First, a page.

Emergency Services - Bait for Fraudsters?
Be it a busted pipe, clogged toilet, broken key to the apartment or blackout, it typically happens on the weekend or late in the evening when nobody else is home. This can turn out to be extremely expensive when you happen to call indifferent helpers and not one of the many companies who diligently serve the public. Here we will you on what precautions you can take in advance and how to find sincere emergency service, what to consider when closing a contract, when paying and especially how to legally argue when something goes wrong.
As the boy scouts were taught: Be prepared! Precautions can save a lot of money. You can start with depositing a key to your apartment with a neighbor of you trust. When the door suddenly slams shut behind you, do not instantly grab for the yellow pages! Consider staying overnight with friends or family until normal business hours commence. Manual laborers usually demand a surcharge for working "after hours".
You can not always prepare yourself against accidents like locking yourself out of the apartment. Hustlers (mis)use the "shock" of this situation. When you hire the first provider in the yellow pages, you are apt for a surprise. Deceitful companies love to get the pole position of "A" in the list in the business directory. Best is to get a company in your vicinity that can save you fees for traveling to you ("Anfahrtspauschale") - unfortunately this is not always necessarily the case. Also prefer those being a member in professional associations. Look out for words "Mitglied in (member in) ..." or "-verband (association)".
Whenever you have a chance, investigate what the costs will be in advance - and it is best to ask several companies. Warning! Carefully study the contract before signing it. When the contract results in a hefty price, you will be generally stuck wiith it. When the mechanic starts pushing you to sign, send him away; he will not be reliable. In case you hardly speak German, you found somebody to open the door, and you need to sign a contract you do not understand: Then just write in handwriting what you have understood. The idea is a "one-liner" on the contract, like: "I have to pay € 80 to have my door opened. More I do not understand." This will keep you on the safe side when this person all of sudden wants more.
Hint: So it happened that the door slammed shut behind you and the keys are indoors and you decided to start calling services to help. Now you notice after hiring a service on the phone that you found another solution and do not need or want their services anymore, then you can cancel the contract without any reasons - following the rules of remote contracts.
Untrustworthy handicrafts will try to bill you twice for the exact same service. A locksmith might try to write in his invoice an "opening fee" (okay) plus "working time" (not okay). Plumbing companies have been caught trying to bill for "removing the clog" (okay) and "dirt surcharge" (not okay). Such double computation of one's services is prohibited. Even when special tools are needed, that is generally not a reason to bill more. OLG Stuttgart (re 2 U 157/87) decided in this connection with a rotorouter firm that the employment of a service vehicle may only be invoiced when it really has been used.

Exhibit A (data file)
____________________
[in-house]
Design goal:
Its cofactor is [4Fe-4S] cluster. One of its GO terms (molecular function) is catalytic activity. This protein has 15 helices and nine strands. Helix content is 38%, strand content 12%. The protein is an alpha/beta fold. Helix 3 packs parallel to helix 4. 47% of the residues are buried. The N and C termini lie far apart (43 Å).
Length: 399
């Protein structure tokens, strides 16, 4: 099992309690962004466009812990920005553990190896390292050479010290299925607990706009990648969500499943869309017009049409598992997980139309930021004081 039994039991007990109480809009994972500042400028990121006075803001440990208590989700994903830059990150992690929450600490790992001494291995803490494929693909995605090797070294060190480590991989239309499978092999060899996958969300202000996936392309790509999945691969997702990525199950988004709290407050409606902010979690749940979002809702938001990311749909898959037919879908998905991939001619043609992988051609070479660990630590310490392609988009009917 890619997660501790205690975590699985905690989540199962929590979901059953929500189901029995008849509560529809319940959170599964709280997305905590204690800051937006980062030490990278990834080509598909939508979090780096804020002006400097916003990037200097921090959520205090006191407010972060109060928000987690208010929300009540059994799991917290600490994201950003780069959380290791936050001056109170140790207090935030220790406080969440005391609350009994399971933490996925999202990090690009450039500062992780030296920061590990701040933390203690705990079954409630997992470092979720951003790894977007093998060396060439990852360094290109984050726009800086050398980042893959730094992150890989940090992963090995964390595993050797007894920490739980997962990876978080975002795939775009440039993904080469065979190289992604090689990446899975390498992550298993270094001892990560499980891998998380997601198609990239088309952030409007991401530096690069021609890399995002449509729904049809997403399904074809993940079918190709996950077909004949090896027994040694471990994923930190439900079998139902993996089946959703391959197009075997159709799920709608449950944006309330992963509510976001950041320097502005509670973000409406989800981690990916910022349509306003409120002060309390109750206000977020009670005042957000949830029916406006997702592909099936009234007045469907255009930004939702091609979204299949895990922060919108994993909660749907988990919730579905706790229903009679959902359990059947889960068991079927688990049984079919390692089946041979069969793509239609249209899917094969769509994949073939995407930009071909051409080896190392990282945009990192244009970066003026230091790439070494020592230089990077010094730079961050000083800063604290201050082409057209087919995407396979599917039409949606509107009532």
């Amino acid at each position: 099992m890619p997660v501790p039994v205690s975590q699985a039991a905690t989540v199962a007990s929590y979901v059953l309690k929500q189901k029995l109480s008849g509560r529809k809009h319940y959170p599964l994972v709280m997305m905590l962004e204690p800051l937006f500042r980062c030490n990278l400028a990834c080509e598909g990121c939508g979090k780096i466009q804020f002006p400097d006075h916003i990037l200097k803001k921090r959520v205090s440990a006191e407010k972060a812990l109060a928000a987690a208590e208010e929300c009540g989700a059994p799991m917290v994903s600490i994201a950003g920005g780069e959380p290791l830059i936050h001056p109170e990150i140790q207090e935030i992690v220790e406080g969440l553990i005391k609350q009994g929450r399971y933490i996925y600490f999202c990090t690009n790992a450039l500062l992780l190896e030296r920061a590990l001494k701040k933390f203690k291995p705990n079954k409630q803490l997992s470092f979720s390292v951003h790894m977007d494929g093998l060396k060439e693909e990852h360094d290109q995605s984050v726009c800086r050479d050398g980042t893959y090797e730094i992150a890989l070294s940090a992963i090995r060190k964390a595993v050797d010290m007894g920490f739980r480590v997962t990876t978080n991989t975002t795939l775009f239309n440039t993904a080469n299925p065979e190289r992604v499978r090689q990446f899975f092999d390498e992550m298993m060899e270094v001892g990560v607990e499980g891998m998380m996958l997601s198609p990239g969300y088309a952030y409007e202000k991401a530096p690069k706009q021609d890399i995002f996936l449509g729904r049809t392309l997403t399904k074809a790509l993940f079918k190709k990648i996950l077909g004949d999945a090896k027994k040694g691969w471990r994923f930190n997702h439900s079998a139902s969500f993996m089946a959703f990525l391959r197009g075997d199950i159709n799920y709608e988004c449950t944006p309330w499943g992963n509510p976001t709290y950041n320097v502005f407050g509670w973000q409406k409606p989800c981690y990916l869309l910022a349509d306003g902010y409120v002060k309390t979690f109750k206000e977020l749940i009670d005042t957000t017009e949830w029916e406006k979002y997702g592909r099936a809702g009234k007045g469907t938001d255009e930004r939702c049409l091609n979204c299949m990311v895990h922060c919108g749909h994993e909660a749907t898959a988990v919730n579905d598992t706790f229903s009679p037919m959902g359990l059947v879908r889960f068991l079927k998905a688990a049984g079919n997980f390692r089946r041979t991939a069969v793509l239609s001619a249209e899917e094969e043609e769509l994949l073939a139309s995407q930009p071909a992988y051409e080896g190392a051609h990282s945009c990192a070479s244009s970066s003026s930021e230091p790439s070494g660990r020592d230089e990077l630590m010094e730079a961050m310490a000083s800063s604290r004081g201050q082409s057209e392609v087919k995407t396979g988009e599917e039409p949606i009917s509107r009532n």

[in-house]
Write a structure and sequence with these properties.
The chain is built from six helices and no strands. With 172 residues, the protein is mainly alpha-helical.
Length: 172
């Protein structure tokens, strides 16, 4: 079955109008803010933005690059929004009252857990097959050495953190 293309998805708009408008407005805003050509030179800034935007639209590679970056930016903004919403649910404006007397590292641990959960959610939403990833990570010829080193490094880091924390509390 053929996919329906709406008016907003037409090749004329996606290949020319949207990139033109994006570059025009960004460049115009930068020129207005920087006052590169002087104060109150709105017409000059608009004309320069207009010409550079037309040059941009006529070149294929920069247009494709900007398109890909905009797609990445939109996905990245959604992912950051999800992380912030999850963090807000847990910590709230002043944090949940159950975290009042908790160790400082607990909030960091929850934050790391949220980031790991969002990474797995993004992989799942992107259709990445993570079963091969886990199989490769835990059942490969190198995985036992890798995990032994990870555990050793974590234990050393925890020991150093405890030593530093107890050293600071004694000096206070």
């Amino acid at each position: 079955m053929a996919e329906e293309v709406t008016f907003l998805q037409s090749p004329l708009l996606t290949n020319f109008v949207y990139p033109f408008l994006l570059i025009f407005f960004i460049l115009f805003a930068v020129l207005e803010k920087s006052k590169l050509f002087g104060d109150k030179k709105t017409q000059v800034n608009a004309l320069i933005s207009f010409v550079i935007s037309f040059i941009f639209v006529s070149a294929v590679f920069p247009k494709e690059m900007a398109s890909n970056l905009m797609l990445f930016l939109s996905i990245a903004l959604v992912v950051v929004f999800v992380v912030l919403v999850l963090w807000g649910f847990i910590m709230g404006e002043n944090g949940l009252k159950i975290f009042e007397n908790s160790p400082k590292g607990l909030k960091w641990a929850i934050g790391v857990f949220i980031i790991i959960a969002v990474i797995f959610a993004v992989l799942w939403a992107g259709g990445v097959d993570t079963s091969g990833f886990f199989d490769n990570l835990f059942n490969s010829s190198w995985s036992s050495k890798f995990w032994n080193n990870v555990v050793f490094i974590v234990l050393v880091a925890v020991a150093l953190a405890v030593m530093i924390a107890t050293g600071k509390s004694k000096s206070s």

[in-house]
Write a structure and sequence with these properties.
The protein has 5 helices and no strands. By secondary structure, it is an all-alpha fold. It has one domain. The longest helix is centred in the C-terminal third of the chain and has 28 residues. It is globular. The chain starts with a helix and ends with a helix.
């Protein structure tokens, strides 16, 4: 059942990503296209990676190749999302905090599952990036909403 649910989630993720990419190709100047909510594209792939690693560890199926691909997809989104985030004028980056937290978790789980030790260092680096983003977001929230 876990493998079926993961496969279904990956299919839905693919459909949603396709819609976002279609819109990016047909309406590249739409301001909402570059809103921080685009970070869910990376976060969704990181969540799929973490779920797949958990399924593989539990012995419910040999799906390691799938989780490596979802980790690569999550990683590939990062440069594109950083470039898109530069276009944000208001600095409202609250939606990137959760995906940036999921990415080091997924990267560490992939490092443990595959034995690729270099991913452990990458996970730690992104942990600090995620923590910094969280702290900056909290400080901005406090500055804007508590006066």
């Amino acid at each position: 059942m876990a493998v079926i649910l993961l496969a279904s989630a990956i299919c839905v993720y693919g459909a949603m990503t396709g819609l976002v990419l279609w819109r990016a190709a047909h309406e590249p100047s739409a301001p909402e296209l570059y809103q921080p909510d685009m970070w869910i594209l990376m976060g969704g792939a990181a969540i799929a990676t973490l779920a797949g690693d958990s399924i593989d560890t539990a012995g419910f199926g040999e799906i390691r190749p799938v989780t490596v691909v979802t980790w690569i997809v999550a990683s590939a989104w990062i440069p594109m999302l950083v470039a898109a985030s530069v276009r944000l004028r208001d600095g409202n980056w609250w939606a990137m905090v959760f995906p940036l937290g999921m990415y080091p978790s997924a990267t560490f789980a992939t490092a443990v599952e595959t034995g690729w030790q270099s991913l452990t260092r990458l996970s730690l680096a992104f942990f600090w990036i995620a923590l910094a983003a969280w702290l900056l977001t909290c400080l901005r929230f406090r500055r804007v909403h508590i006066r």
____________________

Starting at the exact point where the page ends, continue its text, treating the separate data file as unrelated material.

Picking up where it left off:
Not all rescues are really necessary. Another trick of the black sheep is to perform unnecessary or excessive repairs. Normally, any door can be opened without having to ruin it. Supplementary work must be contracted in advance; i.e. only with the client's prior permission. So if the handyman acts arbitrarily by drilling open a cylinder then you would not have to pay anything at all. This craftsman did not perform his assignment (i.e. opening the door without damaging the lock). When this guy only starts but does not complete his assignment he has no legal right for payment. This will also be applicable when in spite of such being "stipulated" in STC. A typical German phrase would be "Bei Abbruch der Arbeit berechnen wir den bis dahin entstandenen Aufwand gemäß Preisliste. [Upon interruption of the assignment, we will invoice the performed efforts in accordance to our price list.]" The LG Munich (re 7 O 13463/89) considers this as illegal and therefore null and void. Payment is only due upon full performance.
Just as everybody else, when a repairman breaks something this person will be responsible for damages. So after the work is finished, have a good look to see whether or not anything has been damaged. Practically, complaints must be made on the spot. So remember: No signature on anything when you have not carefully inspected what has been done. When you accept because the mechanic wants to leave then (legally) you are communicating that everything is okay and you must pay - even when you notice a big hole in the wall the very next second that was not there before. When something has been damaged, then write this on the bill and best do not pay anything until responsibility has been clarified.
When you doubt that the guy is demanding the right amount, then only pay the undisputed amount and keep the rest until clarification. Be especially careful when immediate payment (especially before a stroke of work has been done) is demanded. This hints of an unserious person who only wants to put so much pressure on the customer that you will not have a real chance to study the bill. Only when it is expressly agreed upon are you required to pay in cash. When you want to include your Finanzamt on these costs, then you must pay per bank - cash payment will not qualify. Whenever it happens that you fall for an unscrupulous door opener and the emergency turns into an emergency service, the LawFon will gladly inform what to do.
When in an emergency, call the LawFon 09001 529 366 10!*
* = € 2 / min. - cell phones might differ